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Protesting Workers Shut Down Arik Air Operations In Lagos

Operations of Arik Air have been shut down by aviation unions over alleged non-payment of staff salaries since April and other “anti-labour practices.”

The unions included the National Union of Air Transport Employees and Air Transport Senior Staff Services Association of Nigeria.

According to the unions, the non-payment started after the company placed 90 per cent of the workforce on compulsory leave.

On Monday, the protesting workers shut down all operations of the airline.

Earlier, the Chief Executive Officer, Arik Air, Captain Roy Ilegbodu had written the Minister of Labour and Employment, the Minister of Aviation, and the Director General, NCAA, appealing for an intervention in seeking for the understanding and cooperation of the workers’ unions to prevent the planned strike.

The letter, dated September 11, 2020, accused the unions’ leadership of abusing their position without exhausting various channels of engagement, discussion, and consensus.

Workers take over the gate of Arik Air
Workers take over the gate of April Air

The airline rejected the request for an additional retirement scheme, describing it as “an unsustainable standard for other airlines that are struggling to survive in these difficult times.”

“We strongly believe that the threat of strike action without an exhaustive use of the various channels of engagement, discussion, consensus and understanding is faulty and unlikely to yield the best outcomes for staff, the company and its faithful passengers,” it said.

“It is in fact an abuse of the position of union leadership as the issues in dispute cannot pass the test of fairness and only affect, in the short term, less than 20 staff out of a work force of over 1600.

“The only outstanding area of difference is the request by the unions for a terminal benefit scheme over and above the requirements of the Pension Act. They request for an independent retirement benefit scheme that will be wholly funded by the airline where retiring, resigning and terminated staff will receive a lump sum payment upon exit that will in some cases double the joint contribution of management and staff under the Pension Act of 2004 as amended.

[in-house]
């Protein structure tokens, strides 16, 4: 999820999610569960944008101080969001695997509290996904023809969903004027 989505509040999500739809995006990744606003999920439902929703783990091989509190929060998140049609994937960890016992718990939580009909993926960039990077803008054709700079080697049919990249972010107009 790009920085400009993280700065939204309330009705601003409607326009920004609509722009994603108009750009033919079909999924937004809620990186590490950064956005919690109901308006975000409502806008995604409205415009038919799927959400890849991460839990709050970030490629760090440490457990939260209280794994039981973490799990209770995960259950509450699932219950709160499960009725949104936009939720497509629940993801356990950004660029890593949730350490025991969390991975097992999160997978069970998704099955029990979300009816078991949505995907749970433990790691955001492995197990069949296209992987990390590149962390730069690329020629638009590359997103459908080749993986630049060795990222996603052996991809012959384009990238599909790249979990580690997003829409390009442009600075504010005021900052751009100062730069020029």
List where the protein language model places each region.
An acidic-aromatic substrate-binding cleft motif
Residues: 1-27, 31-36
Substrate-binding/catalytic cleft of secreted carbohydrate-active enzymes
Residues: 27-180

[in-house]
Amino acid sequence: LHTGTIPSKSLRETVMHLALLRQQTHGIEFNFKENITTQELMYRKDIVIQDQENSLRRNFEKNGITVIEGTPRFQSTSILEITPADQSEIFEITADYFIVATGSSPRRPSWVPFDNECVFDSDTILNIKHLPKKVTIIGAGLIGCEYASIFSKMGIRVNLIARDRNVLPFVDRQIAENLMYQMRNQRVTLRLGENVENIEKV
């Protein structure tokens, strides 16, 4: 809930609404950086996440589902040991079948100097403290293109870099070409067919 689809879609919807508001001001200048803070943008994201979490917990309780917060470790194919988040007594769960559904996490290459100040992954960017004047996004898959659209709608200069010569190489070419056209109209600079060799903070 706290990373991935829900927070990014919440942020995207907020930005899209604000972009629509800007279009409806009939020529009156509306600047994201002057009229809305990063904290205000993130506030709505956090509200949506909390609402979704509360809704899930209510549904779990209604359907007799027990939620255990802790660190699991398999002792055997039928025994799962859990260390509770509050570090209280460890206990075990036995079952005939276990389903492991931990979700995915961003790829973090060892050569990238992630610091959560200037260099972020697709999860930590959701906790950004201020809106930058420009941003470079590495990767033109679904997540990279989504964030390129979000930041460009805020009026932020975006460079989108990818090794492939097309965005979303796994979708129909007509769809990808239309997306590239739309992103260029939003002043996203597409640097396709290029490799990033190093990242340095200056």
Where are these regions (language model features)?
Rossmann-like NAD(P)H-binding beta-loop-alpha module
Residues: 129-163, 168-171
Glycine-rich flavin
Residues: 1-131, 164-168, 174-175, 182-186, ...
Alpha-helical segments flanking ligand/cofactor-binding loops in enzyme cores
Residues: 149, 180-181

“While it is the right of staff to share in the prosperity of a company, the request for an additional retirement scheme from a loss making company, in receivership and whose operations are supported by creditors over and above legal requirements is simply onerous.

“Given the cost driven challenges in the aviation sector that have seen majority of airlines fold up in the past years, the request by the unions will set an unsustainable standard for other airlines that are struggling to survive in these difficult times.

“Notwithstanding, management restates its commitment to appropriate staff welfare and will do its best to keep workers motivated within the limit of available resources. We can report with much gratitude that financial creditors have all suspended demands for repayment to ensure the stability of the airline.

“We are also enjoying the support of fuel suppliers, aircraft parts suppliers and various Maintenance, Maintenance, Repair and Overhaul organizations (MRO) while carefully managing the COVID-19 challenge.

“This is the kind of understanding and support we urge all our staff to imbibe so that we can ride the times and soar.”

See the video of the protesting workers below:

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